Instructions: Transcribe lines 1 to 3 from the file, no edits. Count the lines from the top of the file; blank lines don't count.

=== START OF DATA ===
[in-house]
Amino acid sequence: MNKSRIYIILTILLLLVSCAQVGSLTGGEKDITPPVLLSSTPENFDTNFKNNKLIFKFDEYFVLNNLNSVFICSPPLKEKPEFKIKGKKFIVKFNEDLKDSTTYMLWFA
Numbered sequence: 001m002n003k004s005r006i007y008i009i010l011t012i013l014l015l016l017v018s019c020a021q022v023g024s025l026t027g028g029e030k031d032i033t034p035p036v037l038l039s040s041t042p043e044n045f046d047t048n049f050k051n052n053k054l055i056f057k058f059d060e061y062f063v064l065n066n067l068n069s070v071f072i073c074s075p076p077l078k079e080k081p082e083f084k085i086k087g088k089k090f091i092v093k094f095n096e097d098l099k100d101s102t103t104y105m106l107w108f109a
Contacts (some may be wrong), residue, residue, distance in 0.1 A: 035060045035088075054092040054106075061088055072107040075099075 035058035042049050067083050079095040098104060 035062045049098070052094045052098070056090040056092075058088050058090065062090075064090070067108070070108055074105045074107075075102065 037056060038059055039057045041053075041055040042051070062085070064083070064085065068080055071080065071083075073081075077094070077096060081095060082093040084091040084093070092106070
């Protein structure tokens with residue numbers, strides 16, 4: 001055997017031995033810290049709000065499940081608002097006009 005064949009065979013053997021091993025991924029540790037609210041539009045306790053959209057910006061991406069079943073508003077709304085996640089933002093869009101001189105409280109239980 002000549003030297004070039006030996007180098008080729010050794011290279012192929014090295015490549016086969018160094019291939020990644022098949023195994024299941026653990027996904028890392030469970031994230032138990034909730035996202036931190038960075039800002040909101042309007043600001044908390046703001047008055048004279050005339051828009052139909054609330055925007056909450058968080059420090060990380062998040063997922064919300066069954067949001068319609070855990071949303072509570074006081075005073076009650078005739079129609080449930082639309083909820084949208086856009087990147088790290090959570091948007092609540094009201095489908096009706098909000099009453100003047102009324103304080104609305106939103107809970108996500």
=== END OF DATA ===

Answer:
[in-house]
Amino acid sequence: MNKSRIYIILTILLLLVSCAQVGSLTGGEKDITPPVLLSSTPENFDTNFKNNKLIFKFDEYFVLNNLNSVFICSPPLKEKPEFKIKGKKFIVKFNEDLKDSTTYMLWFA
Numbered sequence: 001m002n003k004s005r006i007y008i009i010l011t012i013l014l015l016l017v018s019c020a021q022v023g024s025l026t027g028g029e030k031d032i033t034p035p036v037l038l039s040s041t042p043e044n045f046d047t048n049f050k051n052n053k054l055i056f057k058f059d060e061y062f063v064l065n066n067l068n069s070v071f072i073c074s075p076p077l078k079e080k081p082e083f084k085i086k087g088k089k090f091i092v093k094f095n096e097d098l099k100d101s102t103t104y105m106l107w108f109a